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Writing for Kids
Writing for Kids : Turn Personal Struggles into Books for Children

Writing for Kids

Turn Personal Struggles into Books for Children

By Laura Backes

Suppose you've just gone through a divorce and lost custody of your kids. Or a loved one has recently died of cancer. Or you struggled in school as a child because you have dyslexia.

Many writers turn difficult periods in their lives into books for children, hoping to help young readers through similar painful experiences. Here are some tips to keep in mind when creating and selling books based on real-life events:

Remember that you're writing a children's book, not a personal essay intended to purge your soul from a painful memory. Children want to read about how they feel. Many writers create a child character and tell the story through that character's eyes. Don't write in first person if the "I" is you, the adult author. Instead of explaining how bad you feel that your kids no longer live with you, show how a five-year-old character feels about only getting to see Daddy every other weekend.

Books for younger children (up to age eight) centering around a personal crisis are generally most effective if the author uses a fictional vehicle for imparting the information. If you want to stick closer to nonfiction, make sure the book focuses on the child in the center of the event, and is told in a narrative format with a beginning, middle and end. Older children can handle more traditional self-help books, with each chapter concentrating on a specific aspect of the problem. However, interspersing the advice with personal anecdotes from other children who have gone through the same thing will make the information more appealing and relevant to the readers.

Targeting appropriate publishers with these manuscripts is important. Look in subject index of Children's Writer's & Illustrator's Market under "Self Help" and "Special Needs" for publishers. Peruse the children's nonfiction section of a large bookstore, and read reviews in Publisher's Weekly, School Library Journal and Horn Book (trade magazines found in most libraries) to see which publishers do similar types of books. Always send a self-addressed, stamped envelope to the children's editorial department asking for writer's guidelines before submitting your manuscript. You can also look at books written for parents to help their children cope with an illness, loss or divorce, and query the publisher asking if they'd like to publish a children's book on the same topic.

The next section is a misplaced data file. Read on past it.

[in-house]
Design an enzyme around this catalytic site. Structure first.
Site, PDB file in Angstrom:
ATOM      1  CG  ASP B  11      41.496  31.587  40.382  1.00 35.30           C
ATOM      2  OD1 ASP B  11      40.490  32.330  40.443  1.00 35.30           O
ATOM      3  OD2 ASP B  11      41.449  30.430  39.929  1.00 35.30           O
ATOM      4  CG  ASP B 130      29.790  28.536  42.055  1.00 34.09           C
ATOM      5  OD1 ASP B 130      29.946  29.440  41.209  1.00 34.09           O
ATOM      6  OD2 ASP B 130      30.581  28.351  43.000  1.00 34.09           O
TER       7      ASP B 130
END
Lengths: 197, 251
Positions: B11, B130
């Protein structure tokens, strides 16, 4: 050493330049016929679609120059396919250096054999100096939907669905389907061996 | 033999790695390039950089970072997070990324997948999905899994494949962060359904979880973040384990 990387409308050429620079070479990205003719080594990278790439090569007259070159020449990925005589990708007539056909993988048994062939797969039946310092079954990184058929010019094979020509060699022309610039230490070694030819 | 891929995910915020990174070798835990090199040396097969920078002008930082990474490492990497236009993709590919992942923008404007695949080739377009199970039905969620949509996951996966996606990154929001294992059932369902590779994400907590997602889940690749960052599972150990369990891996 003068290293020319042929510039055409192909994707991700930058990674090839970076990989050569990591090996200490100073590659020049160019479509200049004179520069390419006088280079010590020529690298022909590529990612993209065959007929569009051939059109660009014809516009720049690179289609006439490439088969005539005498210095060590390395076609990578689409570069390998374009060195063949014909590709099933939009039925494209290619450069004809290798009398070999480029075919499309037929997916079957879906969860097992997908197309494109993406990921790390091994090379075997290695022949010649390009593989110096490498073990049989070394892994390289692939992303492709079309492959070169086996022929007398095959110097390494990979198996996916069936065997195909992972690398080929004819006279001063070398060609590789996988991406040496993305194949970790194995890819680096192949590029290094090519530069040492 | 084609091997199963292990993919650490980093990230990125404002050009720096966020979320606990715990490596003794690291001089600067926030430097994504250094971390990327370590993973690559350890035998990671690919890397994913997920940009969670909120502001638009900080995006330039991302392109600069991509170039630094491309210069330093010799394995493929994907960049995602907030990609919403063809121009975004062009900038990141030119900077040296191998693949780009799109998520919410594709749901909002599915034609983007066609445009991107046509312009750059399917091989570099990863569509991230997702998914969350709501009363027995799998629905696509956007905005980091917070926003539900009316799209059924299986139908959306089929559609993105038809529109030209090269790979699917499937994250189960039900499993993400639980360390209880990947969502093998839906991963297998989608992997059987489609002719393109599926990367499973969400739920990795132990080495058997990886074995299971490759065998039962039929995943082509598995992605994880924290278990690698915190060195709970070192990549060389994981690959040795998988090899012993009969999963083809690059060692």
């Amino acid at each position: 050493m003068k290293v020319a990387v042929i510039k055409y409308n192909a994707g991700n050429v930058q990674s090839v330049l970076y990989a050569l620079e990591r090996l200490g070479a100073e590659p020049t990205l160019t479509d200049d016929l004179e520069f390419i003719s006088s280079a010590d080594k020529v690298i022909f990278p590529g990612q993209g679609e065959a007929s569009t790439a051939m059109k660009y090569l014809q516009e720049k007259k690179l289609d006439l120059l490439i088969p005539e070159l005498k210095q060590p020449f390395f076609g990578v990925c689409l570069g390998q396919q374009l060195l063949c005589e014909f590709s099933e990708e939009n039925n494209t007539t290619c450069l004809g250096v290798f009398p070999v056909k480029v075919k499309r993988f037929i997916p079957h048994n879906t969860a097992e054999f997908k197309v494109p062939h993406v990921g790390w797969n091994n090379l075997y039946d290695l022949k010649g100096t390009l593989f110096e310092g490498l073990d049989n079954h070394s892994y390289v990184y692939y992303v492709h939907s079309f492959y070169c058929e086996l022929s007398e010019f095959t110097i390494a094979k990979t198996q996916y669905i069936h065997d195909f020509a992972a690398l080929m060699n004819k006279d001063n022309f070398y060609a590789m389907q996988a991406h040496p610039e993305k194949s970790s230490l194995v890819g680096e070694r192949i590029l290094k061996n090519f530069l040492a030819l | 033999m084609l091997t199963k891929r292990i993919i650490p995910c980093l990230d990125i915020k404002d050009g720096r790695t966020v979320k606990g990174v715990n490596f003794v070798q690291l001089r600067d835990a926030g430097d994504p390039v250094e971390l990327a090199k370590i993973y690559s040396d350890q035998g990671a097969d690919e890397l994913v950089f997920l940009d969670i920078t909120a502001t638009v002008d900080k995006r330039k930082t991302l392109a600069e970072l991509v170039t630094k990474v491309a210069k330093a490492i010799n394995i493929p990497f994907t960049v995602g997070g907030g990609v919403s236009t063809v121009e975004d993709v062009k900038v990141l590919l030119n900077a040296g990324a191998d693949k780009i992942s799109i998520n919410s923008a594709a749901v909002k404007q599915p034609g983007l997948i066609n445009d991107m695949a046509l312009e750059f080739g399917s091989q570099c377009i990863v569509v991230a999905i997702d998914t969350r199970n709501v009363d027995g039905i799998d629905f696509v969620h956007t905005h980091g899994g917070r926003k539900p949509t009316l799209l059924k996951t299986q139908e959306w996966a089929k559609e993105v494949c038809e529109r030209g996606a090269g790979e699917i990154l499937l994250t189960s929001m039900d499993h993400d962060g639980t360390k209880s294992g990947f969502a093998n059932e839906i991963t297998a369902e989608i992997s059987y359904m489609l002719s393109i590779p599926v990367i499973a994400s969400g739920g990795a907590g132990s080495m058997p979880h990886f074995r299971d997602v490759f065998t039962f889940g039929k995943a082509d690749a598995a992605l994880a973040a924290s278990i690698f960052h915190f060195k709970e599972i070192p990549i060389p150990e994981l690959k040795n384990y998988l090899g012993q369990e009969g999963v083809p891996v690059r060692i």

Though many mainstream publishers are interested in books that deal with special issues, some topics have too narrow an audience for a large house to market the book successfully. In this case, many authors have elected to self-publish. If you get several personal rejection letters from editors who praise the book but say the audience isn't broad enough, you might consider publishing it yourself. But self-publishing should be approached cautiously; color illustrations are essential for picture books, making them very expensive to produce. And you must be prepared to devote at least a year of your life to selling and distributing your book. Most self-published books are sold primarily through direct mail. Can you purchase mailing lists of parents with children who could benefit from your book? Stories on adoption, specific childhood illnesses, or those that might fit in a pediatrician's waiting room or hospital gift shop are examples of books with a very targeted audience. Dan Poynter's The Self-Publishing Manual (Para Publishing) and The Complete Guide to Self-Publishing by Tom and Marilyn Ross (Writer's Digest Books) are two good resources to check out before making the commitment to self-publish. •

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Laura Backes Laura Backes is publisher of the Children's Book Insider, the publication for Children's Writers. More »

Updated 1/5/14